Brubaker Legislation Would Dedicate Funding to Food Banks



HARRISBURG – Sen. Mike Brubaker (R-36) introduced legislation today that would dedicate existing state tax credits to regional food banks.

Senate Bill 1353 would dedicate a portion of the Department of Community and Economic Development’s Neighborhood Assistance Program (NAP) tax credits to food banks. The NAP program offers tax credits to serve as incentives for businesses to contribute to worthy causes in the community, such as food banks, affordable housing, crime prevention, education and job training.

Last year, state support for NAP declined from $18 million to $9 million. The governor’s budget proposal for 2010-11 would reduce NAP funding to $8.1 million. In addition, recent revisions to NAP have made it increasingly difficult for Pennsylvania’s food banks to compete for funding. NAP tax credits allocated to Pennsylvania food banks dropped from $4.2 million in 2008-09 to $2.8 million in 2009-10. DCED recently communicated to food banks that their awards will be reduced to $1.8 million in 2010-11.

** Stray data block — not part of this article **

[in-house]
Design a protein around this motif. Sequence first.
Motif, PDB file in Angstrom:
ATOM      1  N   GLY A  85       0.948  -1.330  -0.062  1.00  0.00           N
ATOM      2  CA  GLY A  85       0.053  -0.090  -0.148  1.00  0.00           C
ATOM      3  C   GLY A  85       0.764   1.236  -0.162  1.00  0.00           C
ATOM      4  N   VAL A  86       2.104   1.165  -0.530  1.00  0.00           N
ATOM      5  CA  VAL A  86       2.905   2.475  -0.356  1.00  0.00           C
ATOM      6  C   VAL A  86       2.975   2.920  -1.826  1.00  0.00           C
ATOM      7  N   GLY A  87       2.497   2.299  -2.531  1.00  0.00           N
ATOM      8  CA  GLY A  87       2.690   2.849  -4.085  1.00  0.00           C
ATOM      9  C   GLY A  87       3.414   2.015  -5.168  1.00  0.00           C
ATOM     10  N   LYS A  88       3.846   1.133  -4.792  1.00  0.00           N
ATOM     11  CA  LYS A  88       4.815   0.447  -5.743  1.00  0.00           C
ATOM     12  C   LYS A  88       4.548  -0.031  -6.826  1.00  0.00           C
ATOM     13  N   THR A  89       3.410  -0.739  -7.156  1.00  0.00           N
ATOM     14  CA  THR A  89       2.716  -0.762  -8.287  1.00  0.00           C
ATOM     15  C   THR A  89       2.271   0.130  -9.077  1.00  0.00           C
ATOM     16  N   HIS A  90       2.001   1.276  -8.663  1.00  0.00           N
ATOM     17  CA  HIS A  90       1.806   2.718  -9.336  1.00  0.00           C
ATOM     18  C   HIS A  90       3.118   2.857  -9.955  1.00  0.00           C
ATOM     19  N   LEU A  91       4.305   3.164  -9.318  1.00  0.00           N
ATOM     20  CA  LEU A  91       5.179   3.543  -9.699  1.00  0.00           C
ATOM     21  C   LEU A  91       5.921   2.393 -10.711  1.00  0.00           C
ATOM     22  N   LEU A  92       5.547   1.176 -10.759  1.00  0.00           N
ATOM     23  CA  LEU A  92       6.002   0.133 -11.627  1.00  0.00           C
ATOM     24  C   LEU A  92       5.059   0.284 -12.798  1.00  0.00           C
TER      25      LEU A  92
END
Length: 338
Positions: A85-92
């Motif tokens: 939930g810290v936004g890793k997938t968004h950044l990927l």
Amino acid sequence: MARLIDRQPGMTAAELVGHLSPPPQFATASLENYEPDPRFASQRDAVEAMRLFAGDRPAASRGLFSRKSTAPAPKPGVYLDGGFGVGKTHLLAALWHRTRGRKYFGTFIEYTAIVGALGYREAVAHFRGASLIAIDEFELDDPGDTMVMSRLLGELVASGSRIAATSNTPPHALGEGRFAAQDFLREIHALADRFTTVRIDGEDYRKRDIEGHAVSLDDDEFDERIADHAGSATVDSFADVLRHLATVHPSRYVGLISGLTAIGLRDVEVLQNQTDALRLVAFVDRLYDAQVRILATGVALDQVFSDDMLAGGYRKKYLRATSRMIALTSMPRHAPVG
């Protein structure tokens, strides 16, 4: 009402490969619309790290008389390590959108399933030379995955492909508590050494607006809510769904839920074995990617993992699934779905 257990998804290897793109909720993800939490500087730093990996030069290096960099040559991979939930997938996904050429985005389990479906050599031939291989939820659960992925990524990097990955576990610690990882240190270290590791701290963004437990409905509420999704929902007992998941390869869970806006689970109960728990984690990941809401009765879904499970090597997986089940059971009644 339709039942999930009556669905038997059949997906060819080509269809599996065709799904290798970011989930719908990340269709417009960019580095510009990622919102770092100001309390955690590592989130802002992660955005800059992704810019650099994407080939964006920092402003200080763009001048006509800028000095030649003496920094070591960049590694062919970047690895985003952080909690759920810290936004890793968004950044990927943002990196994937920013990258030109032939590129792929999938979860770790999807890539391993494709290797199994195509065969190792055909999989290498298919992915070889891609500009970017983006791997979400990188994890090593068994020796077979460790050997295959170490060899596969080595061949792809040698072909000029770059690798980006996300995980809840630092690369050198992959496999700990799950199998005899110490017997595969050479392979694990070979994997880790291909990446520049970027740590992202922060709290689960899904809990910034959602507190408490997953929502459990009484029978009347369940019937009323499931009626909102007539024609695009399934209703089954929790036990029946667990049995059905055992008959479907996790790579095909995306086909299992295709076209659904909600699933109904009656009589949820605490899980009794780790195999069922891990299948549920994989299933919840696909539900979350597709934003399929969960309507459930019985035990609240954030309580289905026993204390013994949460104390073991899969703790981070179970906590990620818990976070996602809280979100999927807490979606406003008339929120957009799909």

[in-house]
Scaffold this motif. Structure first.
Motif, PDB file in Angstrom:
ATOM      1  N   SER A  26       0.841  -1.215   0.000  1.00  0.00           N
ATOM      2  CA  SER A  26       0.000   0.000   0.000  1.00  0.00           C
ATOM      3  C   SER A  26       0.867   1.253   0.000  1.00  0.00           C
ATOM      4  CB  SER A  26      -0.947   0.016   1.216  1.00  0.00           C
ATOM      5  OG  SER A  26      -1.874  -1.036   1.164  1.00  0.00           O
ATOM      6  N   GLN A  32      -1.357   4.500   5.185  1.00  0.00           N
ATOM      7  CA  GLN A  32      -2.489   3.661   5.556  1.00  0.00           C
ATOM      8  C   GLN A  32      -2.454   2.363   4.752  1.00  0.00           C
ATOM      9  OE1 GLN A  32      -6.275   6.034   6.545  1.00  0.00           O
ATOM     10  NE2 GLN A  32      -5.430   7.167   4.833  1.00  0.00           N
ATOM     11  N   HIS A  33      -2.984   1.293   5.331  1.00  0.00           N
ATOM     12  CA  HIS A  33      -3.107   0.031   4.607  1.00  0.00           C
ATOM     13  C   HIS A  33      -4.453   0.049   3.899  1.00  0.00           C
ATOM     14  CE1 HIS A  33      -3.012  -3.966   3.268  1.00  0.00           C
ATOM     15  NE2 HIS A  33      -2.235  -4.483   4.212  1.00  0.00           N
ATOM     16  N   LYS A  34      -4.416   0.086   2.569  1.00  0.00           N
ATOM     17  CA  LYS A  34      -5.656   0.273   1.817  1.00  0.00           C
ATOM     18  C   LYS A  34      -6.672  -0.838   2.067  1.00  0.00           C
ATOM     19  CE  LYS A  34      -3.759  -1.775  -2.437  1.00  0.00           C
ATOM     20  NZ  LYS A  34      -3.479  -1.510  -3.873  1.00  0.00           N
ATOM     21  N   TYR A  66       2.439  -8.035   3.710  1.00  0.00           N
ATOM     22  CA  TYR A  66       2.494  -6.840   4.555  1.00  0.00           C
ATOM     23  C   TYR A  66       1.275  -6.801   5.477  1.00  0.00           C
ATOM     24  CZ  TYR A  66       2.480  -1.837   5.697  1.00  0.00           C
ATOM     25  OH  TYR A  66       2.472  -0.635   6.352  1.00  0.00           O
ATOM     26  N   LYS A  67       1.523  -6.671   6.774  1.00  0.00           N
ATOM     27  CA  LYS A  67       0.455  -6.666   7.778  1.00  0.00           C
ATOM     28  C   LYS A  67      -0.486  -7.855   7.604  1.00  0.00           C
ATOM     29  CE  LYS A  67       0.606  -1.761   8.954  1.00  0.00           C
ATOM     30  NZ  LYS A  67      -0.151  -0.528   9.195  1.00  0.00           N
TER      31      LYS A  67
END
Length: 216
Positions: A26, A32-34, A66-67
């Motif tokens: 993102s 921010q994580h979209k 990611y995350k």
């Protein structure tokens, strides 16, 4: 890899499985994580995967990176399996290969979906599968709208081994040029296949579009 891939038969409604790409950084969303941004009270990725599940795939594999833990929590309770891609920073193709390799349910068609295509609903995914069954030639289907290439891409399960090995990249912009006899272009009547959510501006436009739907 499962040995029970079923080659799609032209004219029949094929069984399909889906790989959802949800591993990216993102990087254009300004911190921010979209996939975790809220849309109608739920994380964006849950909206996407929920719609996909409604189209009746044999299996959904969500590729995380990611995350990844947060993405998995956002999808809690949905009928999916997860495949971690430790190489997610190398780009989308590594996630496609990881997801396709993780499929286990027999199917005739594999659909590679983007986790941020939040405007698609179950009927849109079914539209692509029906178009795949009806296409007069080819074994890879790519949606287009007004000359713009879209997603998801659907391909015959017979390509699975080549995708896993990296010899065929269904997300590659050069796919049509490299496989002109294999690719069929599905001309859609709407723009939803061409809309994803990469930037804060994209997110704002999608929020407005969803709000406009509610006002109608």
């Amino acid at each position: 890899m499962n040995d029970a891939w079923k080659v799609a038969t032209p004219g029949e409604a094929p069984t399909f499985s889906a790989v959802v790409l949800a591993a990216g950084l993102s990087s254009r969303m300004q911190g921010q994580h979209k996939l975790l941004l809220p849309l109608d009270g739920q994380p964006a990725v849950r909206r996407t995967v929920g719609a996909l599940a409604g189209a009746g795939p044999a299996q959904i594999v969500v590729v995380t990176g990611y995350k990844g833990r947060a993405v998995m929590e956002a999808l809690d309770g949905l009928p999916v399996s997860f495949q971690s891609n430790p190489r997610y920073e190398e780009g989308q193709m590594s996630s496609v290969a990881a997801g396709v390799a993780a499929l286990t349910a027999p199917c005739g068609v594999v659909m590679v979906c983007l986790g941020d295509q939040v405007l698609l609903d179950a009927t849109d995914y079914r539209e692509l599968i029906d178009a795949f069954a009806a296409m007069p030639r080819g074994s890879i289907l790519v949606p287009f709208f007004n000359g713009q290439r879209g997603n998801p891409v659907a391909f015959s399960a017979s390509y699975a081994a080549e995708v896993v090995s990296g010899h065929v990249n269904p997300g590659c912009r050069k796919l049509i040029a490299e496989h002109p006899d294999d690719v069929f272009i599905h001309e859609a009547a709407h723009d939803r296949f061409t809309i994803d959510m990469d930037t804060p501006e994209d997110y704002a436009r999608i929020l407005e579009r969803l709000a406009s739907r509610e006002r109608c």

Brubaker’s legislation would ensure that the incentive for businesses to offer substantial donations of food and funds under NAP will continue.

“The Neighborhood Assistance Program is a vital source of funding for regional food banks, and more Pennsylvanians are turning to these organizations to meet their nutritional needs due to the recession” said Brubaker, who co-chairs the legislative Hunger Caucus. “These organizations are under a great deal of financial stress due to the increased demand for services, and it is important to ensure that food banks have access to funding through this tax credit program.”

In 2008, Pennsylvania’s regional food banks distributed about $200 million worth of food to Pennsylvanians in need. Regional food banks generally distribute between $10 and $15 worth of food for every $1 donated, Brubaker said.

Pennsylvania food banks have experienced a cumulative increase of over 50 percent in the number of people accessing their emergency food networks over the past two years.